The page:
Itemized Deductions from Jerez
Monday, March 26, 2012
The final MotoGP preseason test, March 23-25, is over at Jerez, and a quick glance at the final time sheets indicates little has changed in the premier class from 2011.
Casey Stoner is fastest on a Honda RC213V, with Jorge Lorenzo nipping at his rear tire on a Yamaha M1. Dani Pedrosa and Ben Spies are competitive but clear No. 2's on the factory teams at Honda and Yamaha, respectively. Ducati is lagging behind the big two Japanese factory efforts.
But there still were some interesting trends and nuggets to be pulled from between the lines:
Stoner is No. 1. That's no big surprise. But the rest of the field should be somewhat afraid because he was quickest on both days of full running at one of his least-favorite tracks, Jerez. He never has won at the Spanish track during his 10-year Grand Prix career, finishing on the podium only once. Stoner laid down the top lap of the day in the final hour of both full days of testing, Friday and Sunday. Stoner told media he pulled out a scorching lap of 1:38.780 - the top lap overall of the test - in the last 60 minutes Sunday because he wanted to be "cheeky." But the rest of the field should see nothing but Stoner's ass cheeks in two weeks at Qatar - a track where he has won four times in the last five years - because of the fantastic long run he pulled off Sunday. Stoner recorded a 10-lap run with an average lap time of 1:39.7. Only four other riders managed a single lap that quick the entire test.
The Honda RC213V might be the fastest bike on the grid in the hands of Stoner, but one could argue that the Yamaha YZR-M1 is the most well-balanced bike at the moment. Stoner still complained of a bit of front-end chatter on his machine, and Pedrosa said his Honda needs small improvements on braking and corner entry after completing a 27-lap race simulation. Lorenzo and Spies were ebullient about their Yamaha, Lorenzo adding this was his best preseason of his premier-class career. While Stoner ripped through his 10-lap simulation at a 1:39.7 average clip, Lorenzo countered with 26-lap race sim during which nearly every lap was turned in the 1:40.3-1:40.5 range - with a used front tire. Lorenzo said he could have trimmed his metronomic consistency by one-half second with new rubber. The M1 was a steady, consistent, trouble-free performer at Sepang and Jerez, two very different circuits. Good sign for the Crossed Tuning Forks.
Paper bags must be in short order today in Bologna after a rush of hyperventilating at Ducati headquarters due to exhaling over Valentino Rossi's performance on the third day of the test. Rossi was despondent after the first and second days of the test due to a variety of problems with his GP12. We're talking post-Sepang II test lost - envision the haunted look shown on Rossi's face in the garage nearly every time he climbed from the evil GP11 last season. But Rossi made a big improvement Sunday to end up sixth overall at 1:39.733. Teammate Nick Hayden wasn't far behind, eighth overall at 1:39.919. Rossi said a bad setup from the second, downbeat test at Sepang was used as a base for his setup Friday, where he was 1.774 seconds behind Stoner. But the team made major changes Sunday, and The Doctor was just .953 behind reigning World Champion Stoner. Rossi said he had much better front-end feel on his GP12, which let him lean into corners and carry speed better than Friday. But the bike still has too much understeer on worn tires, Rossi said. Hayden still has the opposite problem as Rossi, struggling for rear traction.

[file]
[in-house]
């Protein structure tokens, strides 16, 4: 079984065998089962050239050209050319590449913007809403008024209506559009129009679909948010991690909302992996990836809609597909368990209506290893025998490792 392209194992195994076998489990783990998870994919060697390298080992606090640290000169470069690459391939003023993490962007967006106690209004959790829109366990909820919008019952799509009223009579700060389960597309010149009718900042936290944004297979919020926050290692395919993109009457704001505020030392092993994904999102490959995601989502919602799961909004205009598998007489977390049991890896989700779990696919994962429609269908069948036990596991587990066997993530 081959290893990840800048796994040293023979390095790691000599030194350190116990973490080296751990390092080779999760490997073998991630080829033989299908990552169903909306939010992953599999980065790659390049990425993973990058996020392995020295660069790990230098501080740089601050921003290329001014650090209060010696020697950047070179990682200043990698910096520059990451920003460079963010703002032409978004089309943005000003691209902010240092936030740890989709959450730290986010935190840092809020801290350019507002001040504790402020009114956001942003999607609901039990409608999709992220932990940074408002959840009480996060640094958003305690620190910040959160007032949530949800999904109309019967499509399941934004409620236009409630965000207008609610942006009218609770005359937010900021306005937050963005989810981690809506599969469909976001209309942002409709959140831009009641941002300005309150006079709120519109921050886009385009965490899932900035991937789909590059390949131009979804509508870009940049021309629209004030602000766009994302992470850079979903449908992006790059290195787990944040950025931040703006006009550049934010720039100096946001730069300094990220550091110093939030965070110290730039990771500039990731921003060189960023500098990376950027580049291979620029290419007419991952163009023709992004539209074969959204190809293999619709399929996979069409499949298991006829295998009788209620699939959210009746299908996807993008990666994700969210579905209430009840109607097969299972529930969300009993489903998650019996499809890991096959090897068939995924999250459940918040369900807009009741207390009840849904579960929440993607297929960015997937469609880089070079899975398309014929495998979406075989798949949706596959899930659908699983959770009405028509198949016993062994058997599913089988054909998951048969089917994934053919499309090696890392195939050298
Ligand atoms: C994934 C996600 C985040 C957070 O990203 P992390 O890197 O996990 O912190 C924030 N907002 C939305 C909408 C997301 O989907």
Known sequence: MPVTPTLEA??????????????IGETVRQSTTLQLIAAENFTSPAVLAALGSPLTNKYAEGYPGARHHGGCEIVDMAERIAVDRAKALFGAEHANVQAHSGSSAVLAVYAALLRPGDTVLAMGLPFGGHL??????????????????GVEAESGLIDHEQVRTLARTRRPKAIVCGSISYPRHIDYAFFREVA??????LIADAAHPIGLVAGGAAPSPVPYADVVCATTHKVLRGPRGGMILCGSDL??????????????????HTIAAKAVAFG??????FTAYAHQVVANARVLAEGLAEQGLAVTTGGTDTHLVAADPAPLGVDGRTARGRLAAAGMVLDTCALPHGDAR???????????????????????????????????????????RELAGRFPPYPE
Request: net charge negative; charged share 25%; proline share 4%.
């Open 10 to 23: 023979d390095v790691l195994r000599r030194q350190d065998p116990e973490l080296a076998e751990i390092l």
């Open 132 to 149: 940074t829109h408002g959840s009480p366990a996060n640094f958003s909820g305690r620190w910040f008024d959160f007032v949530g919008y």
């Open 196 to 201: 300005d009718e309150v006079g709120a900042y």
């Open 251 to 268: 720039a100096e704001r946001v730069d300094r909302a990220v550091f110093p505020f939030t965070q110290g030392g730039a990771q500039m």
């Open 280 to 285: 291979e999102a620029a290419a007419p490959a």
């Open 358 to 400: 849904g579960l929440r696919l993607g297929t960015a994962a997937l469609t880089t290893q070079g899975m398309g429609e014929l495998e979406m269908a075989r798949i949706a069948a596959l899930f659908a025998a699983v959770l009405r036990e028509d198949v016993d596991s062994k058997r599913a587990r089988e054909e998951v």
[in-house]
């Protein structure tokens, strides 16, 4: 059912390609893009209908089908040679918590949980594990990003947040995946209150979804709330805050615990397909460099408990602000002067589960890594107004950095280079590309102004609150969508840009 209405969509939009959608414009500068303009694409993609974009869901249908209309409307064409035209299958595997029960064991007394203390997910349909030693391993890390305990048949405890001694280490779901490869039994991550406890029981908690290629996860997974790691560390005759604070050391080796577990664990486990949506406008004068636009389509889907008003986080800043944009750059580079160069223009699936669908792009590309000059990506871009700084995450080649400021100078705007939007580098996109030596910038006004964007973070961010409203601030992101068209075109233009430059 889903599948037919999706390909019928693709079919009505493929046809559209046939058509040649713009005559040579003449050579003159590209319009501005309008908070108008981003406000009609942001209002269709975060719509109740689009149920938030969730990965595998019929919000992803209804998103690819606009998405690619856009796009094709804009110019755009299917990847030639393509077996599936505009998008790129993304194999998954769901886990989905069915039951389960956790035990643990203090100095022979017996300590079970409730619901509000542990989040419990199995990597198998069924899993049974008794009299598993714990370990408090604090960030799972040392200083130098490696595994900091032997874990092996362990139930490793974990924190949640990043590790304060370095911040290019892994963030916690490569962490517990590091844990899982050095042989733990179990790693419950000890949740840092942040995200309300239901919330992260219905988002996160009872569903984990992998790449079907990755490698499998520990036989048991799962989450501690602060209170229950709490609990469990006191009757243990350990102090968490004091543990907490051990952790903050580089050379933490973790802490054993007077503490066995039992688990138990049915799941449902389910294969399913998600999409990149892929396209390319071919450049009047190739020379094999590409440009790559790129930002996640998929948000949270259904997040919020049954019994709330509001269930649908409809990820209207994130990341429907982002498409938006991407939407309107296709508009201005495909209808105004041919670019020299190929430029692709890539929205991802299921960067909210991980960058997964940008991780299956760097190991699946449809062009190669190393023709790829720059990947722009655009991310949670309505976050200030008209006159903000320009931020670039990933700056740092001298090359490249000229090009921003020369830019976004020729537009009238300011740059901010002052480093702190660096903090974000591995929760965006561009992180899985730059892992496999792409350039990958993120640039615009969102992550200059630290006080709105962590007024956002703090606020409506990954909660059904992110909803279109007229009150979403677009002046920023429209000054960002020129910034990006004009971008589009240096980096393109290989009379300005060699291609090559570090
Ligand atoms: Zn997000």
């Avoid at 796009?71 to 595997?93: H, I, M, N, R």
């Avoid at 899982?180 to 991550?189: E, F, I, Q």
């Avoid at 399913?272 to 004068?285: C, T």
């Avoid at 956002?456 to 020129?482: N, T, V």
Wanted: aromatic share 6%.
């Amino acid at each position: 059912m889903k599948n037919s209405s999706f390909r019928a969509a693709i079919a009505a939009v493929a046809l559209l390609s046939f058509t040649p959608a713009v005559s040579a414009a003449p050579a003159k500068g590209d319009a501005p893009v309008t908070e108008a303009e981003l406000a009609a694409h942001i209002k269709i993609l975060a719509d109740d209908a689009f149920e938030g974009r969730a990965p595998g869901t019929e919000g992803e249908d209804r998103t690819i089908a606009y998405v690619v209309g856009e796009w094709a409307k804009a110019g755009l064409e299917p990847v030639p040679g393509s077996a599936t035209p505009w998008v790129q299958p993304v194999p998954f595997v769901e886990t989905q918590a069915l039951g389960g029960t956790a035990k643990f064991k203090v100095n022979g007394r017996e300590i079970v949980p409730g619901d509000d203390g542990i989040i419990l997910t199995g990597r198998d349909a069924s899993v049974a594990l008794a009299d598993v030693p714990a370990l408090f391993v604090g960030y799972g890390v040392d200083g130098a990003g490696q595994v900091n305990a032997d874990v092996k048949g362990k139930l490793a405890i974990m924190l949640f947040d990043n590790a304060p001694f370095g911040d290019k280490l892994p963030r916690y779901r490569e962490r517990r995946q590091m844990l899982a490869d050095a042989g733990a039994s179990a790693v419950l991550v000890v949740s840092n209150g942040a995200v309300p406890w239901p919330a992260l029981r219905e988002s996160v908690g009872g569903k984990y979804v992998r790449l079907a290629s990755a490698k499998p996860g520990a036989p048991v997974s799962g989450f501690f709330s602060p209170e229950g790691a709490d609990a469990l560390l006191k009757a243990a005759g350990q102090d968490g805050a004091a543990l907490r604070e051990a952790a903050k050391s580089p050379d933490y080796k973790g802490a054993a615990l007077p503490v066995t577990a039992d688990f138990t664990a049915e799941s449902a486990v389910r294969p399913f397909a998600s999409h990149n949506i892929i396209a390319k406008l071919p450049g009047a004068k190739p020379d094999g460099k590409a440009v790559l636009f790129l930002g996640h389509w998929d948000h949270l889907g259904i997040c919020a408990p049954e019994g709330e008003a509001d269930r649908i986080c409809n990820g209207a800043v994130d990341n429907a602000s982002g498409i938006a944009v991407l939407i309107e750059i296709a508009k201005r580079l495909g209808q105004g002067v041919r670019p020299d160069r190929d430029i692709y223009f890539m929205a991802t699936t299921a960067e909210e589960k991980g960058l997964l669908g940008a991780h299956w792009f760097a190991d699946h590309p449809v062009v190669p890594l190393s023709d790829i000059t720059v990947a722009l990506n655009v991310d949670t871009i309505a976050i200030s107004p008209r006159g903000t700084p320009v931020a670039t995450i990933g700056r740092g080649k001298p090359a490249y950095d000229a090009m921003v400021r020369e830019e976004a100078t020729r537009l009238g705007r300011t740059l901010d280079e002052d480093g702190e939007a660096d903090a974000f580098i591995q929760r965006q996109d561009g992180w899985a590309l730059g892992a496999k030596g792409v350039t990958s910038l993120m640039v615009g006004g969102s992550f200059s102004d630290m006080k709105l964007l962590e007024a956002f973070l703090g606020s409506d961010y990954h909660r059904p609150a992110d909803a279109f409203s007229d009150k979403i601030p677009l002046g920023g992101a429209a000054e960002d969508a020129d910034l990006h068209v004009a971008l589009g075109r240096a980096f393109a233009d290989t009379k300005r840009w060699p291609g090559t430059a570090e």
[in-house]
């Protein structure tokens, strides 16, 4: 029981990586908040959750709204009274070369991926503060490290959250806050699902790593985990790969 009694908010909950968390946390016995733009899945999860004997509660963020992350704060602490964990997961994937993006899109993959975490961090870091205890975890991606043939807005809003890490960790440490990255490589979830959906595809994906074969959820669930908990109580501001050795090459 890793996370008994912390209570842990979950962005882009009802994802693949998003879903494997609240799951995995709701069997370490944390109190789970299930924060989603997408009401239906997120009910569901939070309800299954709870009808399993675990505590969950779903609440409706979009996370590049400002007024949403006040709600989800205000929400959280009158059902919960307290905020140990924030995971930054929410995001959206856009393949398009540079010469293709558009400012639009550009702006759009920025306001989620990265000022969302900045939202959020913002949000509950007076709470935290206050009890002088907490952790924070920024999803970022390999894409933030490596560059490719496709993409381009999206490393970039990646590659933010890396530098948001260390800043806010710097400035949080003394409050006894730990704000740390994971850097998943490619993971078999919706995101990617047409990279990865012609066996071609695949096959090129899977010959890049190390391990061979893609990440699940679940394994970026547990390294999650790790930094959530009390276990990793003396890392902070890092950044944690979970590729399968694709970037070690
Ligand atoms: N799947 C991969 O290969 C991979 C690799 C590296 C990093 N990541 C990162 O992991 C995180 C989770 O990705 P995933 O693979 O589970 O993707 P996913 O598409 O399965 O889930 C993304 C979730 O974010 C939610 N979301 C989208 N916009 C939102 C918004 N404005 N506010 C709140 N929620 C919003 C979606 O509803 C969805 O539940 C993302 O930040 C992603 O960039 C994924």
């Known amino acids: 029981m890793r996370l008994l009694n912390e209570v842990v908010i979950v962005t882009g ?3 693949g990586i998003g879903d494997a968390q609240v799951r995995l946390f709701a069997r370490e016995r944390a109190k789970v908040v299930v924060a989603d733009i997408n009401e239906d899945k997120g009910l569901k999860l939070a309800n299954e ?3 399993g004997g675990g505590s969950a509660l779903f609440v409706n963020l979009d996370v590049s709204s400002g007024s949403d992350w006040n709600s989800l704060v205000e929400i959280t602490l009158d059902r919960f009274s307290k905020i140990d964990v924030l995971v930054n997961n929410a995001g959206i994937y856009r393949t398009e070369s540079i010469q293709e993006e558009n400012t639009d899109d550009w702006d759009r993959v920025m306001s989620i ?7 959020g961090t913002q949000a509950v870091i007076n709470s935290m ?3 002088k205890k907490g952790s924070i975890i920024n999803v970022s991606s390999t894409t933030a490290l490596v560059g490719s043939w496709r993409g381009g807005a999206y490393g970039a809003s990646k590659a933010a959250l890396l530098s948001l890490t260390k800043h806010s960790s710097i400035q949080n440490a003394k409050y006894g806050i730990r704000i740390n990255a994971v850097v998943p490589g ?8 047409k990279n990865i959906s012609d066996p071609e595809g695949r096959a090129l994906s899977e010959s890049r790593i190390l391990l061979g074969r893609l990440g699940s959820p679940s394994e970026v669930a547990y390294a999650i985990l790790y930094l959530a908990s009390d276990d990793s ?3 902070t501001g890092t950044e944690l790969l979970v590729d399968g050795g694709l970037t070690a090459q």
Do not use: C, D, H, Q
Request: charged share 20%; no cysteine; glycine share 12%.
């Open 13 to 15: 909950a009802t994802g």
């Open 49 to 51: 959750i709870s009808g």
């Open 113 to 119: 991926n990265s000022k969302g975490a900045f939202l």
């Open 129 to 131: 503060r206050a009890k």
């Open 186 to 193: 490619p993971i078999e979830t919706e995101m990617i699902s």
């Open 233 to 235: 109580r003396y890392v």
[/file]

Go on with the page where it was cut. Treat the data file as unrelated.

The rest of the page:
Don't sleep on Cal Crutchlow this season. The Brit produced another strong preseason testing performance, ending up fifth overall at 1:39.585 on the Tech 3 Yamaha as the quickest satellite rider in the test. Crutchlow looks poised for a breakthrough season and is a threat for podium finishes if any of "The Aliens" find trouble.
Tech 3 has re-emerged as the top satellite team--for now. Cal Crutchlow ended up fifth and illness-weakened teammate Andrea Dovizioso seventh overall on Herve Poncharal's satellite Yamahas, split by the factory Ducati of Valentino Rossi. Last year, Gresini Honda overtook Tech 3 Yamaha as the leading satellite team, due to Honda's balls-out emphasis on its prototype and satellite bikes in the last year of the 800cc formula and the brilliant natural speed of the late Marco Simoncelli. Super Sic's replacement on Gresini's satellite Honda, former Suzuki factory rider Alvaro Bautista, is struggling. He fell twice during a race simulation Sunday when the front end gave out. Bautista ended up ninth overall, four-tenths of a second behind top satellite rider Crutchlow.
If you don't have an Aprilia, you're going nowhere in CRT. The Aprilia Claiming Rule Teams effort has a huge advantage over other CRT teams. This is drawing a few raised eyebrows and mumbles from factory teams, leading some - notably Yamaha boss Lin Jarvis and reigning World Champion Casey Stoner - to suggest the ART effort bends the CRT rules and is a fourth factory team that entered the premier class through the back door. Randy de Puniet pushed his Pramac ART machines to a top time of 1:40.601, good for 13th overall. RDP was just 1.821 seconds behind Stoner and just .022 of a second behind the slowest satellite bike, the Ducati of Karel Abraham. Aprilia engines powered the top three CRTs at Jerez, the Pramac ART's of de Puniet and teammate Aleix Espargaro and the Ioda Racing chassis of Italian rookie Danilo Petrucci. American Colin Edwards II was the quickest non-Aprilia on his Suter-BMW, 1.472 seconds behind de Puniet and .147 of a second behind Petrucci. Here's the most damning statistic about CRT: Claudio Corti led Moto2 testing last week at Jerez with a top lap of 1:41.983. That performance by a 600cc machine was quicker than every 1000cc CRT bike at Jerez except the Aprilias rode by de Puniet, Espargaro and Petrucci.
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